I’ve submitted to Canon suggestions to add some new Custom Functions to disable GPS when the camera is turned off. Since this is all software based, hopefully they will release a firmware update to optionally change how GPS operates.
HDR – High Dynamic Range. Well there are actually three somewhat related functions located under “SCN’ on the dial mode. All in one way or another deal with multiple exposures. IMPORTANT NOTE – ALL SCN functions only work with JPG images and settings. This is sort of a pain since I always shoot in RAW.
First HDR. In this mode the camera (which can be handheld) takes three shots in rapid succession varying the exposure. The camera then aligns the photos and makes a composite that takes the shadows from high exposure, the middle tones from the middle normally exposed image, and the highlights from the the low exposure. This is great for backlit scenes. There are advanced ways to do this in post processing if you remember to bracket multiple exposures, but the in camera operation works really well and it’s easy. One word of caution, for this to work well everything in the frame needs to be absolutely still. I took an HDR photo that looked out of focus, because the trees were swaying gently in the breeze.
Next is Handheld Night Scenes. In this SCN mode, 4 photos are quickly taken, aligned in the camera and combined to produce an image that is really very acceptable and no tripod is necessary even though it is a very low light shot.
The final SCN I’ll discuss is Night Portrait. This isn’t really a multiple exposure and requires a flash. The way it works is a long exposure is taken to expose the background, then at the end of the exposure while the shutter is still open, the flash is fired to light the foreground subject. So since the 6D doesn’t have a built in flash you’ll have to mount an external flash for to enable this mode. I think it is interesting that the camera will let you use this setting even without a flash mounted.
Other Observations – there are several other nice and not so nice things with this camera. The following is a list of what I have found in no particular order.
- Plus – The mode dial has a lock button. This is really great as everyone without a mode dial lock has accidentally changed the mode (P, Av, Tv, M, etc.) and ruined at least one shot.
- BIG Plus – Increased AF sensitivity. The AF ability seems to be based on the f Stop the camera displays in the viewfinder. In tests I’ve found that the outer AF points can focus in outdoor lighting beyond f8 meaning I can use my 2x extender outdoors with my f3.5-6.3 zoom lens through it’s entire range (with the doubler in place the REAL f Stop is f7.0 to f13… 2 f stops higher). The center point AF is more sensitive and works in lower light situations up to f5.6 as displayed in the viewfinder. I have had an issue with the doubler where the camera got confused and wouldn’t take a picture because it could not determine the AF mode. I had to remove the doubler, take a picture, then but the doubler back in place and all worked fine.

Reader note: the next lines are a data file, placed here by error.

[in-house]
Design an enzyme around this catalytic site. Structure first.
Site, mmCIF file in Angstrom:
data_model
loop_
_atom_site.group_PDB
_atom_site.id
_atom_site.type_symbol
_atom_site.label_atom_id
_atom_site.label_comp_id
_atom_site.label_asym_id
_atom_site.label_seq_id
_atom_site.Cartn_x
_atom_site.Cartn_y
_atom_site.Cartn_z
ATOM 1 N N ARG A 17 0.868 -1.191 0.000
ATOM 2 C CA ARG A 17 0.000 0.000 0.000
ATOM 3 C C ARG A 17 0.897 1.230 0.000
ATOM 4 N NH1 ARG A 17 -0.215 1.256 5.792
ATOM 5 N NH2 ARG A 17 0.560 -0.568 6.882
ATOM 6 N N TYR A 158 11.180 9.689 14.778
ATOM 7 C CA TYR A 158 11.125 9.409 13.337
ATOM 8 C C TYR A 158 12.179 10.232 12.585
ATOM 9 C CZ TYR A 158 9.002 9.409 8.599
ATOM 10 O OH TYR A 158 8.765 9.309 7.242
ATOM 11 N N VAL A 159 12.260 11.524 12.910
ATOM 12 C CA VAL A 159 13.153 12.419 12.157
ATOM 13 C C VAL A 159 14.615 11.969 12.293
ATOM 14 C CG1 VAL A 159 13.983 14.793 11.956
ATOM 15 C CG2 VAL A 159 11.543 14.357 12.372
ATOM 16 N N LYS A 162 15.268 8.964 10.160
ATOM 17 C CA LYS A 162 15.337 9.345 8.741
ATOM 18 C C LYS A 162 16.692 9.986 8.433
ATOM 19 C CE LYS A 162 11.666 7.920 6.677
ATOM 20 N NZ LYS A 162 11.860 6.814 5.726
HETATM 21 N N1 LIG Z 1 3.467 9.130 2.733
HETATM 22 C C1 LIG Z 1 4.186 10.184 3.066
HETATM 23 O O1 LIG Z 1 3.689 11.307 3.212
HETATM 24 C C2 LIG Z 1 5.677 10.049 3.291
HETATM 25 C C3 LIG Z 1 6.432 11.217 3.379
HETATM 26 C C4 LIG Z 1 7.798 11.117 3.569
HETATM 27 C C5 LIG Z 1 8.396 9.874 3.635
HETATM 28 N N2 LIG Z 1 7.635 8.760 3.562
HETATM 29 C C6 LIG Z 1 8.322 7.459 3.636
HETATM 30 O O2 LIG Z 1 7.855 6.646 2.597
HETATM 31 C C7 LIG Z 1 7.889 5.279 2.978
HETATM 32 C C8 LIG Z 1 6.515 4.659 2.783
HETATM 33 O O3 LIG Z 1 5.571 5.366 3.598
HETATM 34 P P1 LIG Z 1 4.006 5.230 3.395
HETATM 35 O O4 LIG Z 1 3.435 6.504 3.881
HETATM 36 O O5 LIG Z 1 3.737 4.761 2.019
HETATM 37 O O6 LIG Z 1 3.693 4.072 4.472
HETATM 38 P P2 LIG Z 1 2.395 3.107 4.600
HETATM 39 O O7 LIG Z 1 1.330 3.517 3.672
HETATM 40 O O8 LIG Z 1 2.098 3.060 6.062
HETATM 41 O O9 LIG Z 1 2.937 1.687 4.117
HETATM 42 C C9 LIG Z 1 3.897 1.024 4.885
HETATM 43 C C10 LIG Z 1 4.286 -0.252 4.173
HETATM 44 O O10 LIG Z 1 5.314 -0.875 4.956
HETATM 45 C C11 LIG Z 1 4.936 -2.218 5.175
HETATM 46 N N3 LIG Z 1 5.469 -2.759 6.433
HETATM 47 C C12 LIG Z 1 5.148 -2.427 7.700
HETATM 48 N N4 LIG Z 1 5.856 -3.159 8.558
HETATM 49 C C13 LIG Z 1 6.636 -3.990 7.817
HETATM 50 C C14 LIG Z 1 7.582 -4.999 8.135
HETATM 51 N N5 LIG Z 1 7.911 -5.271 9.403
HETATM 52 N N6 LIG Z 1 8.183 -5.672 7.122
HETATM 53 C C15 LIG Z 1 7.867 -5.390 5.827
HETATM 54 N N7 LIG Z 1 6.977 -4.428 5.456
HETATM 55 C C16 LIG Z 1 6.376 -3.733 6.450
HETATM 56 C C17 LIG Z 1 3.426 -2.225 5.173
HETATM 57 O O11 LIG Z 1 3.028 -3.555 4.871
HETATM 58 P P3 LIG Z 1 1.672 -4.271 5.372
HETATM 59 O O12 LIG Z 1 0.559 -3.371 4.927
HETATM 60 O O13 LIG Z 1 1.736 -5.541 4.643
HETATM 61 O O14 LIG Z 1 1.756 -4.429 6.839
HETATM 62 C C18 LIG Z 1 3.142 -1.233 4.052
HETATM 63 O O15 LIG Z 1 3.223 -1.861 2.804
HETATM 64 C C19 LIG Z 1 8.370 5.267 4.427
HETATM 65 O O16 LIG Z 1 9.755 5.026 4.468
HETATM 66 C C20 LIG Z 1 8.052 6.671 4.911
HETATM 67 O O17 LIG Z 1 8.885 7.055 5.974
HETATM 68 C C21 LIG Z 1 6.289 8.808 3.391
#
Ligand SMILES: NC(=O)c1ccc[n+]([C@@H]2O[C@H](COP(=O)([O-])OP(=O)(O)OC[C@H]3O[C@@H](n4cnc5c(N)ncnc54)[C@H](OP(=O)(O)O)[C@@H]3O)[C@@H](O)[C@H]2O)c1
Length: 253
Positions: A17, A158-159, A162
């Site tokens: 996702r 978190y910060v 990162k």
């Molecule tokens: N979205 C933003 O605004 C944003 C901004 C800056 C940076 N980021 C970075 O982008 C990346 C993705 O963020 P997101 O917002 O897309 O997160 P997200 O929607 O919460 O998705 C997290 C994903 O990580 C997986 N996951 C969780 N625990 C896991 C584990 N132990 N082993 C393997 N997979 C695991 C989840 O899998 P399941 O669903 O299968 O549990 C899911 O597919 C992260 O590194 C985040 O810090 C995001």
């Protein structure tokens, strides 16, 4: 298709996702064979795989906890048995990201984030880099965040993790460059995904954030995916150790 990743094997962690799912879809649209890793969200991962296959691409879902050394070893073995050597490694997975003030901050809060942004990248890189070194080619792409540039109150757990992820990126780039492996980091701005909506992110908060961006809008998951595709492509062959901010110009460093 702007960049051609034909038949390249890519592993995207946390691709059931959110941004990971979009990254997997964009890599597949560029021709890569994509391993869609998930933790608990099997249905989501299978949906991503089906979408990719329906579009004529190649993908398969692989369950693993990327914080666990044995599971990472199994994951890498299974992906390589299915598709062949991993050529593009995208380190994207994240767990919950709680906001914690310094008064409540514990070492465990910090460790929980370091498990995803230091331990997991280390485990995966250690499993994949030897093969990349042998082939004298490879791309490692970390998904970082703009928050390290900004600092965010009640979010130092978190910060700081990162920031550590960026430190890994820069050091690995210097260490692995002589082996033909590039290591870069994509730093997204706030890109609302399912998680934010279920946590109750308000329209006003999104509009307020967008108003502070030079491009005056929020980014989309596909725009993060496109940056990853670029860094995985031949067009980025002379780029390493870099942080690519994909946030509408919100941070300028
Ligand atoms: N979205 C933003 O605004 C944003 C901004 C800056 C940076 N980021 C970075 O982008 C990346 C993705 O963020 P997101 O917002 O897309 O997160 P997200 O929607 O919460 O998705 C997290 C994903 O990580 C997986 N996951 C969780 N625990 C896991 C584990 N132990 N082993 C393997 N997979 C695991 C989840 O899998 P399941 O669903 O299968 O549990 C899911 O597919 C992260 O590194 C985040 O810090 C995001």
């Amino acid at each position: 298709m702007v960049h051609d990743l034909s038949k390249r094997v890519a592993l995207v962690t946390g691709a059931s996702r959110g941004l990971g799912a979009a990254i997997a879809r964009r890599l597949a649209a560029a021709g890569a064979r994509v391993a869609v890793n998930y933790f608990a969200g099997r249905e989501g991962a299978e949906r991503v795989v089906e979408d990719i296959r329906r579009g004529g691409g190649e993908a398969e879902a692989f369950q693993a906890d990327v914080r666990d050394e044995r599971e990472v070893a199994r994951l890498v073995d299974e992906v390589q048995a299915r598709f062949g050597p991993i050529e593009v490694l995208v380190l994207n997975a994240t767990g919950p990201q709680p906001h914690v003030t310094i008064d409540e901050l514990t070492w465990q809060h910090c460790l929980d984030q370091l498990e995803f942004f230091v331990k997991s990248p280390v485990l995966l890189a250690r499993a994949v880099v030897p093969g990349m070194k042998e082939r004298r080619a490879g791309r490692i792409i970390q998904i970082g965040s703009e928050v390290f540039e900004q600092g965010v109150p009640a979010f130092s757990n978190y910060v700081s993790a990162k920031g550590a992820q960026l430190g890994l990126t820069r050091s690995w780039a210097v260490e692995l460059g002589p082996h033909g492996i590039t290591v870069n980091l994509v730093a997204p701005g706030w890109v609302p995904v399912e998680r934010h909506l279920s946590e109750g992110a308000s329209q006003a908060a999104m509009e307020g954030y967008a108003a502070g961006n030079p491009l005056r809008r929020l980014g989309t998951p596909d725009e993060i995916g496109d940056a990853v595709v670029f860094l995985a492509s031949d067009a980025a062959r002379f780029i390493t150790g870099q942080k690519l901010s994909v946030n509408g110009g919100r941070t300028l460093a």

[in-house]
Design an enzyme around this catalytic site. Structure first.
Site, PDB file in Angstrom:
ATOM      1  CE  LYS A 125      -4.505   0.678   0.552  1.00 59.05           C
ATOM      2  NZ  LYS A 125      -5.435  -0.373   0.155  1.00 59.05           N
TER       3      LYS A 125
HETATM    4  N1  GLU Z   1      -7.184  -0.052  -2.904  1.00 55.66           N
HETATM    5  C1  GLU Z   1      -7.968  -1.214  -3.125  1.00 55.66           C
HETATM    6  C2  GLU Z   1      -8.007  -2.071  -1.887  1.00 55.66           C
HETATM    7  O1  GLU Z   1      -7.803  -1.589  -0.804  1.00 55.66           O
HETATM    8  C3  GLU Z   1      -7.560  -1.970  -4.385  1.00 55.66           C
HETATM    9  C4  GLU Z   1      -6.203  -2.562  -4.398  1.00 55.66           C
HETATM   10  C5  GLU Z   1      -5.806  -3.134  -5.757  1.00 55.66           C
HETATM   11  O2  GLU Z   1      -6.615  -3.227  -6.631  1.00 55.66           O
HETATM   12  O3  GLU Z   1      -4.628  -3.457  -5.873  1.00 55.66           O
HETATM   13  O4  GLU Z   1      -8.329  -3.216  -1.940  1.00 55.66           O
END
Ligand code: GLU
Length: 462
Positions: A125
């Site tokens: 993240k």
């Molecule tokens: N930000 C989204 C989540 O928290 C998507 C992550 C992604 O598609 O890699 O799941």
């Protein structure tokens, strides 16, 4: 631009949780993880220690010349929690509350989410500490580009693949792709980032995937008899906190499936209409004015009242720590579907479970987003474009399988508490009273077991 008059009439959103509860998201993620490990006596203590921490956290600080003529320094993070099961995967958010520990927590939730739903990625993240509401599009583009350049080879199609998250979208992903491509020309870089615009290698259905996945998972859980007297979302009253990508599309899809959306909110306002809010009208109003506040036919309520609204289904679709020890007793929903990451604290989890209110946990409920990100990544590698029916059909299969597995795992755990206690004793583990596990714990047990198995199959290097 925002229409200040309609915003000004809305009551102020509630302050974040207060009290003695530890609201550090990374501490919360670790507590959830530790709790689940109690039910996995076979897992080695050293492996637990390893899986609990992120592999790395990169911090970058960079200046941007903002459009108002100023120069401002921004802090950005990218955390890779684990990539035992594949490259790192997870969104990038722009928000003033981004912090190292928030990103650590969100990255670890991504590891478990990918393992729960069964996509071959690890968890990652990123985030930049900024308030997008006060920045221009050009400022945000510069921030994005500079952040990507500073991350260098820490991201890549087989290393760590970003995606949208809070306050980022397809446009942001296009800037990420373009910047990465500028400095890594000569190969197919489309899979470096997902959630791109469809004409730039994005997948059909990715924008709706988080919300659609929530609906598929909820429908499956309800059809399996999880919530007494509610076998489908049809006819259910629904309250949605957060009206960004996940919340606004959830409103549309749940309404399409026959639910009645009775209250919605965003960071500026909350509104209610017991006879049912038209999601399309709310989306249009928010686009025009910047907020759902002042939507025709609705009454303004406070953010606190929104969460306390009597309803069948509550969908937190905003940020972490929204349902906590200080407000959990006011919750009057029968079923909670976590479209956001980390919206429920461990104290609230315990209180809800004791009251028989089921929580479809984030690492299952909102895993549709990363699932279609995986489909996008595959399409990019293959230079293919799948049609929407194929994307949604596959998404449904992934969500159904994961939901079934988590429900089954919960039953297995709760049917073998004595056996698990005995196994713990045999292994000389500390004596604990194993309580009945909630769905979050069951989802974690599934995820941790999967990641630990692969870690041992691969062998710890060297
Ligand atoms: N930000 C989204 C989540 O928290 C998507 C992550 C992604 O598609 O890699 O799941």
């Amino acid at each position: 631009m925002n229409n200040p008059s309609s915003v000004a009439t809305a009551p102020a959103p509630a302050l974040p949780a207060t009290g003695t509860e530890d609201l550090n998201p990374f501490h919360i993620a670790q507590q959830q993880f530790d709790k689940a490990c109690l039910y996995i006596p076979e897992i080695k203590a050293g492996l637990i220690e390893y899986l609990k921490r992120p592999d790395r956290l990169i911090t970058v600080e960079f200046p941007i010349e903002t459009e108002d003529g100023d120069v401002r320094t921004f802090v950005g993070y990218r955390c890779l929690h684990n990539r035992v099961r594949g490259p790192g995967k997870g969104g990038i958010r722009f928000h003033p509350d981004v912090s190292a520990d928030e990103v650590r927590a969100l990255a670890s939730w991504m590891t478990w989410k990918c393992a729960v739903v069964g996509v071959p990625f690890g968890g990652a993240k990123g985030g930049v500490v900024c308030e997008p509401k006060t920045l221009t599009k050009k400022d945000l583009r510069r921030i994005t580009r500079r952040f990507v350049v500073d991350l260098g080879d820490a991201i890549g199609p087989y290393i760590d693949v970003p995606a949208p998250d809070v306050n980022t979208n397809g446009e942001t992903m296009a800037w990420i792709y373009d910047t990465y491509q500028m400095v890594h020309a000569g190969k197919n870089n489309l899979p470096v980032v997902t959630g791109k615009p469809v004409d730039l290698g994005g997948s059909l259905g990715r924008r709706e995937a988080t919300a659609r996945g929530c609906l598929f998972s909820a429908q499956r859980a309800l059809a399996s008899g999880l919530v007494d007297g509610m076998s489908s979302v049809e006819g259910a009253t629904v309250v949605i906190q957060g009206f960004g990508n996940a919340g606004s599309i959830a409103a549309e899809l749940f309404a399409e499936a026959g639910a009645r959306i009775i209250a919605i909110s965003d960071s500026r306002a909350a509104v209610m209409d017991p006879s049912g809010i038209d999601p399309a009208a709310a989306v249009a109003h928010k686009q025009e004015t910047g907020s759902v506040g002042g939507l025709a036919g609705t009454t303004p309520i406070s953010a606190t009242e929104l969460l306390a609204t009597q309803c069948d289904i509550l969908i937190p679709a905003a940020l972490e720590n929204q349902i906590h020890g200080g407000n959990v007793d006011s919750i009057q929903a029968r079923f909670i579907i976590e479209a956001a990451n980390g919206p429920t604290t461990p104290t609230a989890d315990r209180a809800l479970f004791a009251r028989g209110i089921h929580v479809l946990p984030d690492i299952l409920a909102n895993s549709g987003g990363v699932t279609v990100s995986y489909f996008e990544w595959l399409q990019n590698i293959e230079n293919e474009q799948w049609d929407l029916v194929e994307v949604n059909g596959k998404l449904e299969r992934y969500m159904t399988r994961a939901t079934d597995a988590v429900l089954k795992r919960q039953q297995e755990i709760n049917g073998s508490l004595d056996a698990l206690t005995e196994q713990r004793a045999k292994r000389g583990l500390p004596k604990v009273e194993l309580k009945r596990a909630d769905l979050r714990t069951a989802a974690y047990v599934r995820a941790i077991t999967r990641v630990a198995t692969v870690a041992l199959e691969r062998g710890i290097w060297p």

- Minus? – The On/Off switch is in a new location, located next to the Mode Dial. While this seems like a pretty good location, it takes 2 hands to raise the camera and turn it on.
- Plus – Auto ISO range is fully adjustable with a Minimum value and a Maximum Value when combined with a Minimum shutter speed and the very low noise image using Auto ISO really works. BTW – prior to this camera I’ve never thought auto ISO was worth using.
- Minus -The Depth of Field preview button is in a new location and difficult to reach.
- Minus – There is no button or selectable button to bring up Automatic Exposure compensation or bracketing.
- Plus/Minus – Camera Battery. The good news is that is appears to be very smart. It has a serial number so you can track its performance. The bad news is there seem to be problems using ANY of the generic batteries. I tried some and they would register in the camera (but the camera worked but showed the battery dead) but the big issue was they didn’t appear to charge.
While I’ve used the camera extensively for the last four weeks, I’m sure I’ll uncover a few more thing things that I like and dislike. As I do, I’ll update this post.